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When pursuing a career in medicine, what are things that one can do in high school (as a junior) to better prepare for this career?

I want to pursue a career as a cardiologist. I also want to be prepared for college and pre med school. What are internships that I should research? Are there certain classes I should take as a high school student? #medicine #pre-med #surgery #medical-education #general-surgery

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Elizabeth’s Answer

As long as you complete the required courses to be considered for medical school, you can major in anything. Most students will major in biology, chemistry, or something similar so they can start getting an understanding of the field and start taking upper level biology courses but I have also seen students major in history, English, etc. so they are more well rounded or have other interests.
Typically medical schools require a year of chemistry, biology, and English plus courses in physics, organic chemistry, math, and biochemistry.
In order to be the best applicant you can be, you will want to volunteer in the field - whether it is a hospital, private practice, clinic, etc. This will allow you to understand a day-in-the-life of the professionals, determine what kind of medicine you are most interested in, and speak with the doctors about their own academic and professional journeys. This will also give you more to talk about should you be asked to interview in support of your candidacy.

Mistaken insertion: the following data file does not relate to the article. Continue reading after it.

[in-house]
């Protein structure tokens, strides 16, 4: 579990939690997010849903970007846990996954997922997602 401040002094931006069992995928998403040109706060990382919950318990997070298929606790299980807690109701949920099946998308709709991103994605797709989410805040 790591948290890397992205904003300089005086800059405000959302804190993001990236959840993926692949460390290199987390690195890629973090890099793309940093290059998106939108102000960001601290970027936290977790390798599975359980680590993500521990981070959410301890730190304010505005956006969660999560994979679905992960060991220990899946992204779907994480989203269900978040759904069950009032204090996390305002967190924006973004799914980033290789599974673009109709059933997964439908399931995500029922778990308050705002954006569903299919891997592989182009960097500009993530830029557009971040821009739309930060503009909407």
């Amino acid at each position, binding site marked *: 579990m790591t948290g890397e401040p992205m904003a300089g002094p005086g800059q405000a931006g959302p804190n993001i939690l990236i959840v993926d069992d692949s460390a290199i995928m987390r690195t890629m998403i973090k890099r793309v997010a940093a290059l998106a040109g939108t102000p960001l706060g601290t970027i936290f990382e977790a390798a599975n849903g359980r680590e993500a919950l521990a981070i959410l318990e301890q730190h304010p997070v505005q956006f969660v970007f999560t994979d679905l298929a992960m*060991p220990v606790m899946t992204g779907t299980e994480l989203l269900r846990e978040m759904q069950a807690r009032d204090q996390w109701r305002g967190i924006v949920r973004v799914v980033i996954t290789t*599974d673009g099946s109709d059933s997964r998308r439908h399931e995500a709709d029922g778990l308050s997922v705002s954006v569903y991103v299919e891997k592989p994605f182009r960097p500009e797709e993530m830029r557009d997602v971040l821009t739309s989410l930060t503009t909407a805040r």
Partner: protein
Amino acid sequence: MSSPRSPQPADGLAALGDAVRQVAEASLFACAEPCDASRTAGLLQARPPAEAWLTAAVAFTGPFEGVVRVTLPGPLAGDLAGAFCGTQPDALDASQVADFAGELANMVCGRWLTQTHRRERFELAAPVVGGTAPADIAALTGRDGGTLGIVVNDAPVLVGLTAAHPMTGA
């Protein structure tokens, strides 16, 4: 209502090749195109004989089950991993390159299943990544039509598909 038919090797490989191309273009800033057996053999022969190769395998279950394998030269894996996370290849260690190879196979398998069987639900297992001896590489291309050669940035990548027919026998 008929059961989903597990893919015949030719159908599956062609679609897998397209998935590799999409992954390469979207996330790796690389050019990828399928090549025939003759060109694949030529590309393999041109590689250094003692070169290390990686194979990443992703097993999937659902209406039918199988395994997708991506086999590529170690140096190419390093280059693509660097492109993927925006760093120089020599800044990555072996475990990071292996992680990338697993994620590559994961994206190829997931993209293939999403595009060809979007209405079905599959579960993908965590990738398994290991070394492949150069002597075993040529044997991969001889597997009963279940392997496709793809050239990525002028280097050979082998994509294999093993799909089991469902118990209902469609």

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James’s Answer

hi danielle,

my recommendation would be for you to try to place out of as many college courses as possible. usually that means taking an advanced placement test, usually at your chosen college. some of the medical school prerequisites that you could potentially place out of are chemistry, biology, physics, and calculus. that means that you'll need to ace those courses in high school. i would enlist the aid of your science/math teachers to find appropriate extra credit assignments to prepare you for those tests. those teachers won't hesitate to give you recommendations as well.

as far as internships, what i'd recommend is that you schedule numerous information interviews with local cardiologists or other physicians. find out as much as possible about where they went to college, medical school, and residency. ask them about their experiences and advice. if you're lucky one or more will offer to let you shadow them for a time to see what they do on a daily basis.

lastly, i would strongly recommend that you consider taking Spanish classes. a communication barrier is the last thing you need when trying to assess a seriously ill patient.

good luck!